Finally, the DOJ may take the initiative and contact your licensing agency about the criminal arrest or charge.
Note that you should cooperate with your licensing board but not give out critical information to them before first consulting with an experienced license defense attorney. As anything you say to investigators can be later used against you, it is critical to first get sound legal advice.
Saving Your License in Spite of a Criminal Charge
At California License Attorney, we understand the ways that a criminal charge/conviction can be deemed "substantially related to" your profession and how to defend against such an assertion.
That is one line of defense, to argue that the crime, citation, or infraction is not going to affect your ability to carry out your duties or to uphold high professional standards.
Simply winning a dismissal or acquittal in your trial is also key, of course, but winning a sentence that lets you keep your license is also a victory of sorts and the best possible outcome in certain situations.
Another thing to consider is that if you are convicted of a crime, even if you plead guilty (whether or not in a plea deal), you will almost certainly need to exercise your right to have an administrative hearing. It is possible even if you are not convicted, however, that such a hearing may have to happen.
If you can avoid such a hearing by negotiating with the board or getting them to drop the formal accusation, well. But if you do go to an administrative hearing, that is an opportunity to clear yourself or to reduce the form of discipline you receive by presenting mitigating factors in your favor. Once convicted in court, the hearing will not rehearse the trial but will only focus on mitigating factors.
Mitigating factors that can help save your license by, for example, turning a license suspension into license probation, include:
- Lack of actual harm done to any clients/patients.
- Lack of any previous disciplinary or criminal record.
- Cooperation with the licensing board's investigation.
- Making early rehabilitation efforts and voluntary restitution to any victims or persons affected. (But this should not be done in a manner or at a time that implies guilt and leads to a needless criminal conviction.)
- Having self-reported the incident early to the board without being forced to do so.
Finally, we will mention some other factors that can help save you license in a criminal case. First, it is sometimes possible to pre-file a litigation letter to the D.A. and prevent a criminal charge from being formally filed.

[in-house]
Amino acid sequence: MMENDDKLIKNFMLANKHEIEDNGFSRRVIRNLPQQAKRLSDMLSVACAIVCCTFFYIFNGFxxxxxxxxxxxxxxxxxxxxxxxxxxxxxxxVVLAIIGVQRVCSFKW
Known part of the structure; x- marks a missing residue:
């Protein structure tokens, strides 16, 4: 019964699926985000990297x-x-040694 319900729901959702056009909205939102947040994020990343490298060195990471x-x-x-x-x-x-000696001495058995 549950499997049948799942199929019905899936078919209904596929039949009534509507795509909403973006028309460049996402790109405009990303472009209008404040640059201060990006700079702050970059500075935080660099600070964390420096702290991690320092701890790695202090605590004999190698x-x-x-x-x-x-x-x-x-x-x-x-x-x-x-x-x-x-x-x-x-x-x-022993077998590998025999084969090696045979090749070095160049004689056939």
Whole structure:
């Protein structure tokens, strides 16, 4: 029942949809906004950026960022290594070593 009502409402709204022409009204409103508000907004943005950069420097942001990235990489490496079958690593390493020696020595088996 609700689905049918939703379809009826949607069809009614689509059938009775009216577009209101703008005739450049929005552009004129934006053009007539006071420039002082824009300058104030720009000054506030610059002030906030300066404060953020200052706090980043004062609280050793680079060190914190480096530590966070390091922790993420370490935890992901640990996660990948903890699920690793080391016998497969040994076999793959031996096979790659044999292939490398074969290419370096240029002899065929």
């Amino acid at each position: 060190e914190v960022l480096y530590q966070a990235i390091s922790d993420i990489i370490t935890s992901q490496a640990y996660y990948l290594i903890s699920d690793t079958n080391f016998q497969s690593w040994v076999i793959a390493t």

Second, there are certain (legal and ethical) "delay tactics" that can help in some cases. These may be able to delay reporting to the board in some cases while a plea deal is being negotiated, for example.
Third, if a conviction in the criminal trial cannot be avoided, then the best plea to negotiate for is normally one that allows deferred entry of judgment or gets you into a diversion program. These results would keep you out of jail, though you would be on probation or have to complete a rehab or other program. This at least leaves the door open to your retaining your license and continuing your practice (since no one can do so while incarcerated).
Fourth, we can seek to keep any criminal probationary period as short as possible. The reason for this is not simply because it is a less severe sentence but also because any license probation period will typically last for the same amount of time as the criminal probation.
But note that the requirements of the court-ordered probation should not be made overly lenient to the point the licensing board thinks you are likely to commit a repeat offense while on probation. While we wouldn't seek overly severe probation terms, it is also true that terms that are meant to protect the public from a potential second offense can help alleviate the fears of your board and thus help you retain your license.
What About a Past Conviction?
At California License Attorney, we put into place all possible strategies that help to gain you a dismissal or acquittal of the charges brought against you and that protect your professional license even if you cannot avoid a criminal conviction.
However, all hope is not lost if you are convicted of a crime and lose your license. It is possible to get your criminal conviction expunged, your record sealed, your crime pardoned, or to gain a certificate of rehabilitation. Any of the above could help you in successfully petitioning for a reinstatement of a suspended license.
Note that if all crimes on your criminal record go through expungement, you cannot be legally denied a professional license in California on the basis of an expunged conviction (except for a few highly sensitive professions).
However, not all convictions can be expunged. In that case, a governor's pardon or earning a certificate of rehabilitation may be the best course to take.
Finally, note that if your criminal case is dismissed, you should still seek an official "factual finding of innocence" to improve your chances of keeping your license. Remember that administrative board disciplinary actions are independent of court decisions (even if they are influenced by them).
At California License Attorney, we know the best, time-proven strategies for defending your license. We have niche knowledge of numerous specific licensing board policies and of how different types of criminal charges/convictions are handled in that profession.
Defending your license in court and at an administrative hearing requires deep, hyper-specific legal expertise, an undying commitment to pursuing each client's best interests, and the wisdom to know when and how to fight for the best possible outcome to each case.
Contact Us Today For Immediate Help
At California License Attorney, we can assist you with criminal defense against charges that would negatively affect your license and your career upon a conviction.
We are intimately familiar with the California Penal Code as it relates to state-issued licenses, the rules and regulations adhered to by license-issuing agencies, and the legal and administrative processes and how they interrelate.
To learn more or to avail yourself of a free consultation, contact California License Attorney 24/7/365 by calling 888-959-0068.